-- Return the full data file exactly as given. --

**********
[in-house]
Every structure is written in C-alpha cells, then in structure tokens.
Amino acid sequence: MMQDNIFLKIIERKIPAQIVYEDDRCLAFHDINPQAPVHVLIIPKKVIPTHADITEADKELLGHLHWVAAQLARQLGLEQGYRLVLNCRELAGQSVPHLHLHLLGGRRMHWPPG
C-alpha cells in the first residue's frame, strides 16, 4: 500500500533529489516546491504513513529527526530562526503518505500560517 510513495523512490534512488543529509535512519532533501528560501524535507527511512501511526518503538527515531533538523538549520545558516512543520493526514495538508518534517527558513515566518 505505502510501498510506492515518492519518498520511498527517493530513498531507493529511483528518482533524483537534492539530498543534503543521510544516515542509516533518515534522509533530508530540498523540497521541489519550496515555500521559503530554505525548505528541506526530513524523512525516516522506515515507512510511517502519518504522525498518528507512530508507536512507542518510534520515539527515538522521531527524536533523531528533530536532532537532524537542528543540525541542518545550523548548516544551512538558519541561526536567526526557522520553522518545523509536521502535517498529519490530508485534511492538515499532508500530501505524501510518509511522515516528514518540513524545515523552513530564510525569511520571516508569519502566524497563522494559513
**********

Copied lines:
[in-house]
Every structure is written in C-alpha cells, then in structure tokens.
Amino acid sequence: MMQDNIFLKIIERKIPAQIVYEDDRCLAFHDINPQAPVHVLIIPKKVIPTHADITEADKELLGHLHWVAAQLARQLGLEQGYRLVLNCRELAGQSVPHLHLHLLGGRRMHWPPG
C-alpha cells in the first residue's frame, strides 16, 4: 500500500533529489516546491504513513529527526530562526503518505500560517 510513495523512490534512488543529509535512519532533501528560501524535507527511512501511526518503538527515531533538523538549520545558516512543520493526514495538508518534517527558513515566518 505505502510501498510506492515518492519518498520511498527517493530513498531507493529511483528518482533524483537534492539530498543534503543521510544516515542509516533518515534522509533530508530540498523540497521541489519550496515555500521559503530554505525548505528541506526530513524523512525516516522506515515507512510511517502519518504522525498518528507512530508507536512507542518510534520515539527515538522521531527524536533523531528533530536532532537532524537542528543540525541542518545550523548548516544551512538558519541561526536567526526557522520553522518545523509536521502535517498529519490530508485534511492538515499532508500530501505524501510518509511522515516528514518540513524545515523552513530564510525569511520571516508569519502566524497563522494559513